Less than 5% of the cars and light trucks operating on American roads today are powered by diesel engines. Contrast that to the rest of the world, especially Europe, where half or more of the passenger vehicles run on diesel. The discrepancy raises many questions.
What is the difference between diesel and gasoline engines?
Diesel engines have existed since the late 19th century. Invented by Rudolf Diesel, who was born in France but pursued his career in Germany, diesel engines differ from gas engines mostly by the manner in which fuel combustion occurs. Otherwise, the mechanicals are indistinguishable. While gasoline engines rely on spark plugs to ignite a gasoline and air mixture in the combustion chamber, diesel engines super-heat air by compressing it to the point that the hot air causes the fuel to combust on contact. This type of combustion is 25- to 35% more efficient, which translates into better gasoline mileage. A four-door diesel-powered sedan can routinely get more than 50 or even 60 miles per gallon of fuel, easily eclipsing their gasoline-powered counterparts.
What are the advantages of diesel engines?
In addition to better mileage, diesel engines last roughly twice as long as gasoline engines on average. This longevity is due largely to the fact that diesel fuel contains more natural lubricants than gasoline, reducing engine wear. Most over-the-road commercial trucks and many home standby generators run on diesel for this reason.
Diesel engines also pollute less per mile than gasoline-powered engines, especially in more recent years, as new diesel technology has greatly reduced emissions. The telltale puffs of black smoke from diesel exhausts have essentially been eliminated. However, diesel does produce more particulate matter in its exhaust, as well as more nitrogen dioxide, so the question of which fuel is better for the environment is still under debate. If you make mostly short trips in your car, it seems pretty clear that gasoline is the more environmentally friendly option. But, if you drive longer distances, diesel is the green way to go.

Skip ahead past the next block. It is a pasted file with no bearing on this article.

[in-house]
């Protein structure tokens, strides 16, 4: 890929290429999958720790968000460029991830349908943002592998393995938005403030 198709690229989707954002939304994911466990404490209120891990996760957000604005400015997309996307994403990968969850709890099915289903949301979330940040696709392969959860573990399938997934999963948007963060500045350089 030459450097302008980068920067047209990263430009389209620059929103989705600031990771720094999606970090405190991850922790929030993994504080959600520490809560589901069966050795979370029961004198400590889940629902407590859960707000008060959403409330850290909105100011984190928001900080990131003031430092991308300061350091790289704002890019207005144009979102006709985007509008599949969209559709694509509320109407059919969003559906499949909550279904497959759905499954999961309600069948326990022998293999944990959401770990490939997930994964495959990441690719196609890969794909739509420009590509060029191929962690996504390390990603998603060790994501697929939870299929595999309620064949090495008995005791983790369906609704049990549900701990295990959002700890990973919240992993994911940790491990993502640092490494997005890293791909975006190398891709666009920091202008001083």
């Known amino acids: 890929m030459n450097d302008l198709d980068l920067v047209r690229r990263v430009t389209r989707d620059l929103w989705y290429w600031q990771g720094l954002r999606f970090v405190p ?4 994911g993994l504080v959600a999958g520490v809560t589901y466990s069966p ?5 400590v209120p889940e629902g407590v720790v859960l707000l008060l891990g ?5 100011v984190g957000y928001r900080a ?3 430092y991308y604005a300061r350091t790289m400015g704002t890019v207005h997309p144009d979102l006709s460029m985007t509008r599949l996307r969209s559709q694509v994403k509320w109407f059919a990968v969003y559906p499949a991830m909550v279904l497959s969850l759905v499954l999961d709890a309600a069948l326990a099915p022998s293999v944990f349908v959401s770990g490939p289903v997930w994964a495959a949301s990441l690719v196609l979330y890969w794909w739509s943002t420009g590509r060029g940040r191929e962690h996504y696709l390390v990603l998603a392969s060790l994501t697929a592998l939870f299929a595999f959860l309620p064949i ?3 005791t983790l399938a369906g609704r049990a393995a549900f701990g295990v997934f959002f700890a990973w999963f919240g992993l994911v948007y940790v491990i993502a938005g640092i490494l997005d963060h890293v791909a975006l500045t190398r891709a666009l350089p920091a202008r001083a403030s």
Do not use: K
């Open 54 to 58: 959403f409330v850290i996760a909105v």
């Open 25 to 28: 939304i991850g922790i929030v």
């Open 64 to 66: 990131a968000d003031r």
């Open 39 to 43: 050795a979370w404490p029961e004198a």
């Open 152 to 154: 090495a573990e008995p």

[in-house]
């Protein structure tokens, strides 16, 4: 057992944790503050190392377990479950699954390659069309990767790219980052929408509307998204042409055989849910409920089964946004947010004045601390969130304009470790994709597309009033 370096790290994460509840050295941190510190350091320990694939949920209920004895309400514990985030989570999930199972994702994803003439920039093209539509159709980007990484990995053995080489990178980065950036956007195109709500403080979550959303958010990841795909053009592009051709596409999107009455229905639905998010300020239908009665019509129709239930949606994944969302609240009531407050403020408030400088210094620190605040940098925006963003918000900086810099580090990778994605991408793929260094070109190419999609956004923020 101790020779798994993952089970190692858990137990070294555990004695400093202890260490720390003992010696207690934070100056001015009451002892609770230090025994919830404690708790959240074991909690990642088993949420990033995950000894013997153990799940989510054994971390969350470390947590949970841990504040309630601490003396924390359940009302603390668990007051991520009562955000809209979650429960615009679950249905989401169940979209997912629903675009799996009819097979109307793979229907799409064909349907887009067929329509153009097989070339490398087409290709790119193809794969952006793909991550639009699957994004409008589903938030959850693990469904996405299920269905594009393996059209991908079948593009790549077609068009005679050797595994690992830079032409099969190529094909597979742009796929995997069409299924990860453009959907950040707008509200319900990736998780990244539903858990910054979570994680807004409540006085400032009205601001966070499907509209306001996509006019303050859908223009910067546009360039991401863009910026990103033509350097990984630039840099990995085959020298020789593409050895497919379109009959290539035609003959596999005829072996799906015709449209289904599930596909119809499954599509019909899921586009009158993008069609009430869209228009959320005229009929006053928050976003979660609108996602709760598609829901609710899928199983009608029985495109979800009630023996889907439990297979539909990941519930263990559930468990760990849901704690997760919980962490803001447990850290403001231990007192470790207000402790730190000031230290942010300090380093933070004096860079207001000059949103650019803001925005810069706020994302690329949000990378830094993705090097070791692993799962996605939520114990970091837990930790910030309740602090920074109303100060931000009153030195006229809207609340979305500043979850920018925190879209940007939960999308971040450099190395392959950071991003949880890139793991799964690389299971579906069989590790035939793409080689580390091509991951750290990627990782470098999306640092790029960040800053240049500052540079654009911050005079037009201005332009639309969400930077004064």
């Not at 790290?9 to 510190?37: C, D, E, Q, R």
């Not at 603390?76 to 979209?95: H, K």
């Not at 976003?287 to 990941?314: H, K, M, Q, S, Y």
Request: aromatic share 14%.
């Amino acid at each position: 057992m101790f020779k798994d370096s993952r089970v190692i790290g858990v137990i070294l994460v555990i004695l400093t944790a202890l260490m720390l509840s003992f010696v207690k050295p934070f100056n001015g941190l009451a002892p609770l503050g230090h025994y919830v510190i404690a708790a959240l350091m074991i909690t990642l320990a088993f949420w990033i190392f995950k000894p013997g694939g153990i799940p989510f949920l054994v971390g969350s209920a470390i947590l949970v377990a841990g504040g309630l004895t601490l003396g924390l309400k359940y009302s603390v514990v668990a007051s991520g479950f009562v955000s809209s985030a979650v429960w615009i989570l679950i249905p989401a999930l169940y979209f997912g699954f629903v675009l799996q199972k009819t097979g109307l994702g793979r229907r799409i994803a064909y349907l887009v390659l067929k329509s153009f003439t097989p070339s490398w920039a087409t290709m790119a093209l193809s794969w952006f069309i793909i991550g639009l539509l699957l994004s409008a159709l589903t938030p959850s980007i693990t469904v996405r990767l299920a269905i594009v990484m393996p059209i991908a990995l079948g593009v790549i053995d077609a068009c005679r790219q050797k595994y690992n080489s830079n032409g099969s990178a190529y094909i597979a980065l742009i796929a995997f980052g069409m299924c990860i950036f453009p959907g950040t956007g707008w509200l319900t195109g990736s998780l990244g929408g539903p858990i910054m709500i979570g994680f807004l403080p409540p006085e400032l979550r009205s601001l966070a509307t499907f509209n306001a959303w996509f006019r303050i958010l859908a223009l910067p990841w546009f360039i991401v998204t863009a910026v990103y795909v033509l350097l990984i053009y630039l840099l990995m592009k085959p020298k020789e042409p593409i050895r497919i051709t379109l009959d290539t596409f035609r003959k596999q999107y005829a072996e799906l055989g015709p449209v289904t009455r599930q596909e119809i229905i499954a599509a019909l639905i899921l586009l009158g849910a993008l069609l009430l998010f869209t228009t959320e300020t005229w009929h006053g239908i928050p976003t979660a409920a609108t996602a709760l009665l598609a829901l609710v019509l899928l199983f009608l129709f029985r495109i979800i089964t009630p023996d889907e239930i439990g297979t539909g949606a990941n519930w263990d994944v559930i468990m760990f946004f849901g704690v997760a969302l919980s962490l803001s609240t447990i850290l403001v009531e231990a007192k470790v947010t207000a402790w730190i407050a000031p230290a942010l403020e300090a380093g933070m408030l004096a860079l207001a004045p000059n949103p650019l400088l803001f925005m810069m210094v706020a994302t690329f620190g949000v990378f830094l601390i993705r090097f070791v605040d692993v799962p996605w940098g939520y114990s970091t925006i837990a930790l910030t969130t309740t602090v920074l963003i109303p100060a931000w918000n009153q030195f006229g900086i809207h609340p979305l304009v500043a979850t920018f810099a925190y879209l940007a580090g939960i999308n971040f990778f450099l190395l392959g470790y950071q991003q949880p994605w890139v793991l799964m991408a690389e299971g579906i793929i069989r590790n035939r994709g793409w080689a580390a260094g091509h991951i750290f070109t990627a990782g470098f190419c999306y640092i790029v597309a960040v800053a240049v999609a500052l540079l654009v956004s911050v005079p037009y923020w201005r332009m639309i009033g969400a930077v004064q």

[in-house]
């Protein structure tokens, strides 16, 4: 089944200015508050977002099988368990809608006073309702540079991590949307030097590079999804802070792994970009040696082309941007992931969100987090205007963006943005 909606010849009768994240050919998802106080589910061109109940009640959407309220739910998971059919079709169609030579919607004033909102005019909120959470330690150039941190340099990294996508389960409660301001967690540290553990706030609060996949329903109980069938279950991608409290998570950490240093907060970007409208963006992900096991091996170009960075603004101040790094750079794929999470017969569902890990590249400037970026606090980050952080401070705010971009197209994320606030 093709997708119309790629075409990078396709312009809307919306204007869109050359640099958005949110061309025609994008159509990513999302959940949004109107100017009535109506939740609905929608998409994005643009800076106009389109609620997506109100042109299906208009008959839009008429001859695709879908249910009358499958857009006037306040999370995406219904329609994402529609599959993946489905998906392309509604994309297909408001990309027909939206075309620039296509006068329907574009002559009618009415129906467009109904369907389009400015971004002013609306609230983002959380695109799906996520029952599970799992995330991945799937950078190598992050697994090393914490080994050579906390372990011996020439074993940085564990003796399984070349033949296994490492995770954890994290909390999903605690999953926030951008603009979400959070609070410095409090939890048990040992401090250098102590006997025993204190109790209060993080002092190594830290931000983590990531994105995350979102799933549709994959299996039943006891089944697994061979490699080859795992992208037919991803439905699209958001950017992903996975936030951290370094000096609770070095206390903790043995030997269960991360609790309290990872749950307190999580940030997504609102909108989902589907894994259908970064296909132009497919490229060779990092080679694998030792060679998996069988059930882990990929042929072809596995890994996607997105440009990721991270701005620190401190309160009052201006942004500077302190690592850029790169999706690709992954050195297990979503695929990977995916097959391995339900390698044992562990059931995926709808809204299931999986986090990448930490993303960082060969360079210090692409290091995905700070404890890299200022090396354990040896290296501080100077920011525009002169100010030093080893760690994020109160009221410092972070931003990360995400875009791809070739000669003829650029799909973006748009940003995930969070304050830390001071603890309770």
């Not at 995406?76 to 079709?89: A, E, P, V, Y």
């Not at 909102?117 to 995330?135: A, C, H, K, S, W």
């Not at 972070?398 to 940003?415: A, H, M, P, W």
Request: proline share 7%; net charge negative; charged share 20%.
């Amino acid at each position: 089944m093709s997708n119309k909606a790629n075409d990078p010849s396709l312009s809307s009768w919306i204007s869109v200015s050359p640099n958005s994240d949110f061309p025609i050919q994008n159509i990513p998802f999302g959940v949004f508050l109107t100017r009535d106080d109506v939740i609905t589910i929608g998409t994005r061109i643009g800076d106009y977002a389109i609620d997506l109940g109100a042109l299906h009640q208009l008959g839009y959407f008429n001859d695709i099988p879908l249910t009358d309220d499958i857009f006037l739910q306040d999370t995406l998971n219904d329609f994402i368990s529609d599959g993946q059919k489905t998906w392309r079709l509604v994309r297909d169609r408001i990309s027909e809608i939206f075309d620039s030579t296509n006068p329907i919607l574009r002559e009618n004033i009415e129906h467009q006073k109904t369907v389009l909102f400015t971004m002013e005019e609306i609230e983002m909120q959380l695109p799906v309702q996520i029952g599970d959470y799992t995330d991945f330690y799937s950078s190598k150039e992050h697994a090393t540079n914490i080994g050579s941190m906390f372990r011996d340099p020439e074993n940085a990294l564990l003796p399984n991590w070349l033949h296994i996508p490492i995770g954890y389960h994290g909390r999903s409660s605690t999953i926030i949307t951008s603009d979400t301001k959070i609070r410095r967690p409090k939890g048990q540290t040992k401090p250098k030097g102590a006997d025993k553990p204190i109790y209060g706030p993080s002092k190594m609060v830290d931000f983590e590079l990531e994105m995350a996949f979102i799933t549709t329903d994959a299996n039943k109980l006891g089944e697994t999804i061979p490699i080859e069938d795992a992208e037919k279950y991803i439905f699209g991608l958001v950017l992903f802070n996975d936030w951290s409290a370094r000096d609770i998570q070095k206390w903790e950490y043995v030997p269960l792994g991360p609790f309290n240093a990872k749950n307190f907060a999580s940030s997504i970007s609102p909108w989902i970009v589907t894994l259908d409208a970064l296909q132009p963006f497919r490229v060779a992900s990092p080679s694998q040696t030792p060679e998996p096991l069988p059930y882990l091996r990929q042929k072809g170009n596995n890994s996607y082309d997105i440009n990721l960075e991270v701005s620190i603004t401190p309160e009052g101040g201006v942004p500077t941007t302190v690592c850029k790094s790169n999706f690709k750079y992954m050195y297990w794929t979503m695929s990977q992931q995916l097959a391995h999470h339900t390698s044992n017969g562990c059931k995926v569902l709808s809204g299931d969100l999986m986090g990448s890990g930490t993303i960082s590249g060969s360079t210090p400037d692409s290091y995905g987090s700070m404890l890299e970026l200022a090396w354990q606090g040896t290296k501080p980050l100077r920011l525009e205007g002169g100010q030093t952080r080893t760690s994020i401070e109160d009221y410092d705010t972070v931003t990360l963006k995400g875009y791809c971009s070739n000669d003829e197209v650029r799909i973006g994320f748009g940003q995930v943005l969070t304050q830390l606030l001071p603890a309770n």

Technological advances have also addressed the other primary knock on diesel engines, which is that they are slower to accelerate. Modern diesel engines post 0 to 60 mph output that is comparable to gasoline-powered cars.
Why haven’t diesel cars caught on in the U.S.?
There are many reasons diesel is still not a significant player in the American passenger car market and most of these reasons are economic. Because diesel engines are costlier to build, sticker prices are higher—you can expect to pay at least a $2,000 premium. Diesel engines also cost more to repair, and diesel cars usually cost more to insure. Plus, even though the refining process used to create diesel fuel is simpler than that for gasoline, diesel is more expensive, offsetting the gains from better mileage. Federal fuel taxes are around 25% higher on diesel than on gasoline: currently 24.4 cents per gallon for diesel compared to 18.4 cents for gasoline.